Insurers covering businesses that depend on goods or industrial inputs from Europe should keep an eye on potential loss scenarios emerging from the continent’s crippling heat wave.
“High temperatures harmed tarmacs of motorways in Great Britain and Germany in the last years,” said Thomas Berning, a senior risk consultant at Allianz Global Corporate & Specialty (AGCS) in Munich. “Same to old motorways made of concrete in Germany. Motorways had, and have been, closed or velocity has been, or had been, restricted.”
In past years, excessive heat has also warped rails in the U.K. and Germany, Berning added, “and U.K. has been closing rails for transport due that risk right now.”
For European office workers and commuters, the heatwave is making a bad situation – due to COVID-19 and supply shortfalls from the Ukraine war – worse. Lack of air conditioning on subways and other rail systems is also taking a toll.
“Electricity consumption is going through the roof. There is a short supply of natural gas [which powers a lot of electrical generation] coming through from Russia and the EU is talking about rationing supplies,” said Gary Hirst, president and CEO of CHES Special Risk. “Russia is trying to weaponize natural gas…so there is a question as to whether they go back to coal fired [but] that causes issues with temperatures soaring. It’s a bit of a vicious circle.”
Hirst noted working conditions rules for U.K. office workers establish minimum safe temperatures, but there is no maximum. So, the emerging heat situation may cause shifts to employment law in the U.K and much of Europe.
“Lack of air cooling in offices or buildings may cause bodily injuries, delayed services, failure of service and supply outages,” said Berning. “It may harm production and products.”
In Spain, the Carlos III Health Institute reported rising incidents of heat stroke.
“Recently a worker of the urban services subcontractor in Madrid died by a heat stroke,” said José Luis Pallarés, risk consultant, liability in AGCS’s Madrid office. “After that, an agreement between council’s subcontractors and unions has been signed to restrict work in afternoons while the wave heat persists.
“The most plausible scenario are claims related with employers’ liability [for] heat strokes of workers, very specially for construction and urban services.”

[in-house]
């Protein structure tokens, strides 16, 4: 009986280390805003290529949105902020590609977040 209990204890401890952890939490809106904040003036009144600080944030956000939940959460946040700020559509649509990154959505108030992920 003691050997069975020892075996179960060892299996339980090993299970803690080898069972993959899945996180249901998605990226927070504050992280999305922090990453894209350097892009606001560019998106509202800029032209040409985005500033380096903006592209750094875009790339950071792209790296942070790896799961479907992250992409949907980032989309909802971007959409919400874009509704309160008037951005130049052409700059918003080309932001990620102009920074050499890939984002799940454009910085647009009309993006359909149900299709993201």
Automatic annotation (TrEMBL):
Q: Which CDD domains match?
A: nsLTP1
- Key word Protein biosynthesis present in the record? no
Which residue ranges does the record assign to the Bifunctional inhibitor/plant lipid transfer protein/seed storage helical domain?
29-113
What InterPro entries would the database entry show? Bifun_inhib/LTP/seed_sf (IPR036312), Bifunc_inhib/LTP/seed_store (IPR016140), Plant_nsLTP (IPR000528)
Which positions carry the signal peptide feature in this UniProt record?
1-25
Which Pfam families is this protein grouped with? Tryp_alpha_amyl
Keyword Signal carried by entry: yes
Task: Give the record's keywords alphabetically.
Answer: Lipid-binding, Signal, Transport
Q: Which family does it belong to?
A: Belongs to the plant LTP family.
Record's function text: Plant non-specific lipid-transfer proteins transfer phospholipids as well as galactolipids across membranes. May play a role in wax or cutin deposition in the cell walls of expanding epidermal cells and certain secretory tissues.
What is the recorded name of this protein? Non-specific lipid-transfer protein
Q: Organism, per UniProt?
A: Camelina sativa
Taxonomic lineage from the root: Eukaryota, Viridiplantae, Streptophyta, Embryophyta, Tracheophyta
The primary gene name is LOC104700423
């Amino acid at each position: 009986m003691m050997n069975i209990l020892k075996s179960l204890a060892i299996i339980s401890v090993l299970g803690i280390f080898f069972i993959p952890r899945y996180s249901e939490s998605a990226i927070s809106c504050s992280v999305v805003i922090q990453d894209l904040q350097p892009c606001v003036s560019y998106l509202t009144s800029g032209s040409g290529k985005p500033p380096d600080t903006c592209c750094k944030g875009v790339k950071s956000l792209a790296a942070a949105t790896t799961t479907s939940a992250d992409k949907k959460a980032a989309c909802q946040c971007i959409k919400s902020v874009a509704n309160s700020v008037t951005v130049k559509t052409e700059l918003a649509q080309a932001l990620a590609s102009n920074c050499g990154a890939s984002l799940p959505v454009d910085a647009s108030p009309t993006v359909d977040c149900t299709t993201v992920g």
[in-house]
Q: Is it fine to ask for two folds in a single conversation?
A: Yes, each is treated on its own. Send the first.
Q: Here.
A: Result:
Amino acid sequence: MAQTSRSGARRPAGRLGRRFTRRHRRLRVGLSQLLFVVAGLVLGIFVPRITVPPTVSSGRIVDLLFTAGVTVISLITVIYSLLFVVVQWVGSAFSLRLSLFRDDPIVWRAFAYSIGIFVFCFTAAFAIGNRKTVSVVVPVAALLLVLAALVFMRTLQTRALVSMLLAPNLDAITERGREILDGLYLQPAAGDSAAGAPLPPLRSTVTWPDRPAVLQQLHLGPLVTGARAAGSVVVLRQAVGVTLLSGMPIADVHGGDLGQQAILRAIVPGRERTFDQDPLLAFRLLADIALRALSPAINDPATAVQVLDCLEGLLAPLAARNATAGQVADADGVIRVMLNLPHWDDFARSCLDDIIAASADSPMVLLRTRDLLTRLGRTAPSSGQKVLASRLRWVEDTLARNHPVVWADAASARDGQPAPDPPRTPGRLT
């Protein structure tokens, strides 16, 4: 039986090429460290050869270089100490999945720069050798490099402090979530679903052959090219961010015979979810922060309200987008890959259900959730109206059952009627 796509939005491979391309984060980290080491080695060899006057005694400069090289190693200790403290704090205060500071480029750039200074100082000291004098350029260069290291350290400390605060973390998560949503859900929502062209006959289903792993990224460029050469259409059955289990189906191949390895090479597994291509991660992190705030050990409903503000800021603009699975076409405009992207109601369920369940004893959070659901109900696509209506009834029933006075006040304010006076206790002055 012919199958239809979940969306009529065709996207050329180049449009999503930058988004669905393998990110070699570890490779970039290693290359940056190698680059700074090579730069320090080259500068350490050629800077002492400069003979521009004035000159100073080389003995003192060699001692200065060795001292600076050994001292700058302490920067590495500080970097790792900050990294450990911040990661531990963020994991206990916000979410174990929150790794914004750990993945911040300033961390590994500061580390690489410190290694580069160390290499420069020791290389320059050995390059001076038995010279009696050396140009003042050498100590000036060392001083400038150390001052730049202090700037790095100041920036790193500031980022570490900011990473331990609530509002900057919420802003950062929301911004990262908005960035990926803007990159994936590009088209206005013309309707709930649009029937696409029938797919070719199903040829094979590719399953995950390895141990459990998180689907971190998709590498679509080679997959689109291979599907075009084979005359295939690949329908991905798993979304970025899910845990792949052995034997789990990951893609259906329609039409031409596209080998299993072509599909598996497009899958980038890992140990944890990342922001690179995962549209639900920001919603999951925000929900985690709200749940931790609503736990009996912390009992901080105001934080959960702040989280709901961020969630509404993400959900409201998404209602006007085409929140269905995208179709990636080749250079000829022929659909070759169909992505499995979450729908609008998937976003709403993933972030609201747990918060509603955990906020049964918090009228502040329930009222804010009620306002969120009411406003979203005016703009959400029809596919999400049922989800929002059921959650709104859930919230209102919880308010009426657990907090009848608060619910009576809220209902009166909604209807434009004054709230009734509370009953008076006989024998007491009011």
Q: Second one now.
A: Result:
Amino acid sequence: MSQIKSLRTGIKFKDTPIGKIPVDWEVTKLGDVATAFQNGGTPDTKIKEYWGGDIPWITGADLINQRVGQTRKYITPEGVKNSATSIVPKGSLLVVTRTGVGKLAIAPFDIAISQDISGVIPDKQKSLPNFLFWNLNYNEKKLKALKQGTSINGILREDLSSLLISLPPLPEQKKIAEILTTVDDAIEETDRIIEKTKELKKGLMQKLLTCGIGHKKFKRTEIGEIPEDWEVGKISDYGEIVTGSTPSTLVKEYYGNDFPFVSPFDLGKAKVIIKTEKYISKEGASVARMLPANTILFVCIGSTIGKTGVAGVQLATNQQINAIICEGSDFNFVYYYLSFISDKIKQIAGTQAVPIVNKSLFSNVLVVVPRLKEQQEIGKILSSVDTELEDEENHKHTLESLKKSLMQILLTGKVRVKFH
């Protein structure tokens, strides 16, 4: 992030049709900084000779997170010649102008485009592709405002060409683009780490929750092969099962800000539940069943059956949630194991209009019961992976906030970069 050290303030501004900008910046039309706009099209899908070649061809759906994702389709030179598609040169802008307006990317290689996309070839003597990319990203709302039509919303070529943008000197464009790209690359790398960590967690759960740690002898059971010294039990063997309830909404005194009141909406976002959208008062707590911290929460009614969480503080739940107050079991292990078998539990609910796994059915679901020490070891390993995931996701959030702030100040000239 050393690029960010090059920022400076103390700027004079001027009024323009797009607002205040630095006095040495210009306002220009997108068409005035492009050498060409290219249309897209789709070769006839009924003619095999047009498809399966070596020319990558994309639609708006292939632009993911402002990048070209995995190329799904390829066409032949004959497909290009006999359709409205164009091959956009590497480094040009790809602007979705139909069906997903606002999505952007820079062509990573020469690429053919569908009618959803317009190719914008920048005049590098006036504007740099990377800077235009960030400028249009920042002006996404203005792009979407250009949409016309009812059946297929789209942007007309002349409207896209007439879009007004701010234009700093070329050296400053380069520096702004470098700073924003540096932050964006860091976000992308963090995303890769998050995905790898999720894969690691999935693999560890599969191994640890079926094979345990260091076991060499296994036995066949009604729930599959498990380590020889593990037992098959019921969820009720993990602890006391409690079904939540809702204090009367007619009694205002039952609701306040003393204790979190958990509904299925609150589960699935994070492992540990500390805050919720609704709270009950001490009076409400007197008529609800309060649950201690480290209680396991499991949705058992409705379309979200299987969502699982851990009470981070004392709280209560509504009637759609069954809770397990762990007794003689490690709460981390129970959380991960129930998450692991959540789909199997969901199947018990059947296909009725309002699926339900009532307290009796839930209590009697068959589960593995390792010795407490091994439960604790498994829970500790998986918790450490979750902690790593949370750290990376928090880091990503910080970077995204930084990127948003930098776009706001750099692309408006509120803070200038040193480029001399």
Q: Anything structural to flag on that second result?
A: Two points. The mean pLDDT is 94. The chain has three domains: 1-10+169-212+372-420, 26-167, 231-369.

For business interruption claims, the issue will be whether an extension under a client’s policy covers an act of God or force majeure, said Hirst. He noted COVID-19 meant a lot of businesses had to close by government direction, and that some resulting claims were entertained while others were not.
“It could be an electrical breakdown. It could be the transformers at your local switch yard get overheated and shut down,” he said. “A lot of insureds won’t pay the extra money for the cover.”
Likewise, some insurers only offer extra cover for a facility that’s two, or three kilometres from the insured premises.
“If the electrical switch yard is five kilometres away and it blows, then you wouldn’t have any cover,” Hirst said. “It largely depends on the brokers [and] whether the insured’s business wholly depends on some sort of power supply or some sort of material that’s been delivered to them.”
Unlike other parts of Europe, Pallarés noted Spain’s infrastructure is more heat resilient since it’s engineered for higher average summer temperatures.
“Therefore, we do not suffer melting tarmacs or warping rails,” he said. “However, there are liabilities derived from wildfires [including damage to power-distribution lines]. But also water scarcity, with farmers’ production reduced and ranchers slaughtering cattle [due to] scarcity of food and water.”
Prolonged high temperatures can also wreak havoc on both coal-fired and nuclear power plants that pull cooling water from rivers and lakes. Power plants are required to keep outlet water below set temperatures to protect biodiversity, Berning explained, which becomes difficult if intake water is already warm.
In some cases, that can lead to power plants having to cease energy production. What’s more, said Berning, in cases where that same water source is used to cool adjacent industrial facilities, like steel works or chemical plants, those facilities would have to close if the power plant can’t maintain those temperatures.
“This should be no risk for nuclear power using cooling water from the sea,” he added.